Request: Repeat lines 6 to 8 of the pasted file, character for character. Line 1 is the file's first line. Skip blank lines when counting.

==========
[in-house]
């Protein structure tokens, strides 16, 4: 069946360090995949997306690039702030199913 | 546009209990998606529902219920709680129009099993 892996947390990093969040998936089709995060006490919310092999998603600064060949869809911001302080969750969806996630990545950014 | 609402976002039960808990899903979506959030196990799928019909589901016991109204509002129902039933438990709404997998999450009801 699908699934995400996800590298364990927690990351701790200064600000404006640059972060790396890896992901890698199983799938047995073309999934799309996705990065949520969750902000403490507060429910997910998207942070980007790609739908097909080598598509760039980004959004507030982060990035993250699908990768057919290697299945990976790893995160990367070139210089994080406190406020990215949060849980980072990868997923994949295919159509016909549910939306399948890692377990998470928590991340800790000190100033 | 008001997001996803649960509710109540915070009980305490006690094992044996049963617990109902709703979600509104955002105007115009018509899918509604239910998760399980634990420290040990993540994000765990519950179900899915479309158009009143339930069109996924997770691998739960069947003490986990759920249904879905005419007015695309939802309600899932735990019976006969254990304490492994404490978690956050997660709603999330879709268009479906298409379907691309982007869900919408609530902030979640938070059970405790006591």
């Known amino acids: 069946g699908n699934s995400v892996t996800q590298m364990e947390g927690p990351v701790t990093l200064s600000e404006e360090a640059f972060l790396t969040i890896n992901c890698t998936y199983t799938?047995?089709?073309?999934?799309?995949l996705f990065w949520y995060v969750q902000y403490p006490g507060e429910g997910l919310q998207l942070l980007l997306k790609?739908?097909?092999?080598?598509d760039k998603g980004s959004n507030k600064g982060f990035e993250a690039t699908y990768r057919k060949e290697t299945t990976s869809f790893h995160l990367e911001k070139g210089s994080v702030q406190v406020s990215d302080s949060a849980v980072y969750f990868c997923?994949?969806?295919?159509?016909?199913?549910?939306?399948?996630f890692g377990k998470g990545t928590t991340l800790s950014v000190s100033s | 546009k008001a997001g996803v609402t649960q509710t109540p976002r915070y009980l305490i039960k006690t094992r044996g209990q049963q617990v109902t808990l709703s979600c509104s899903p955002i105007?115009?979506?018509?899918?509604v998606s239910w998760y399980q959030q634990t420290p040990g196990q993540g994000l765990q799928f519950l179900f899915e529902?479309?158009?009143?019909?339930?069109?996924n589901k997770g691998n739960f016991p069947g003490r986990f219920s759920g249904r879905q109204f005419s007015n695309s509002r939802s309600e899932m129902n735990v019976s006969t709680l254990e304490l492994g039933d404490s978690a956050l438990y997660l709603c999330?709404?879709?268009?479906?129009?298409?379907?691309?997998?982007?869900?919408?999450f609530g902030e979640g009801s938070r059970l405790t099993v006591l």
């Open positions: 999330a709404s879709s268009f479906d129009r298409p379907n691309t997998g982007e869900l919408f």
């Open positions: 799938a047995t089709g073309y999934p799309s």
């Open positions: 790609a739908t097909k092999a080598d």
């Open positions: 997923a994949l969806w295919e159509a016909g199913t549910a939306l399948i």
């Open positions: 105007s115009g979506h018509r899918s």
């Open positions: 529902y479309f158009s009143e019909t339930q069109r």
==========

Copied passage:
């Open positions: 790609a739908t097909k092999a080598d």
């Open positions: 997923a994949l969806w295919e159509a016909g199913t549910a939306l399948i």
């Open positions: 105007s115009g979506h018509r899918s």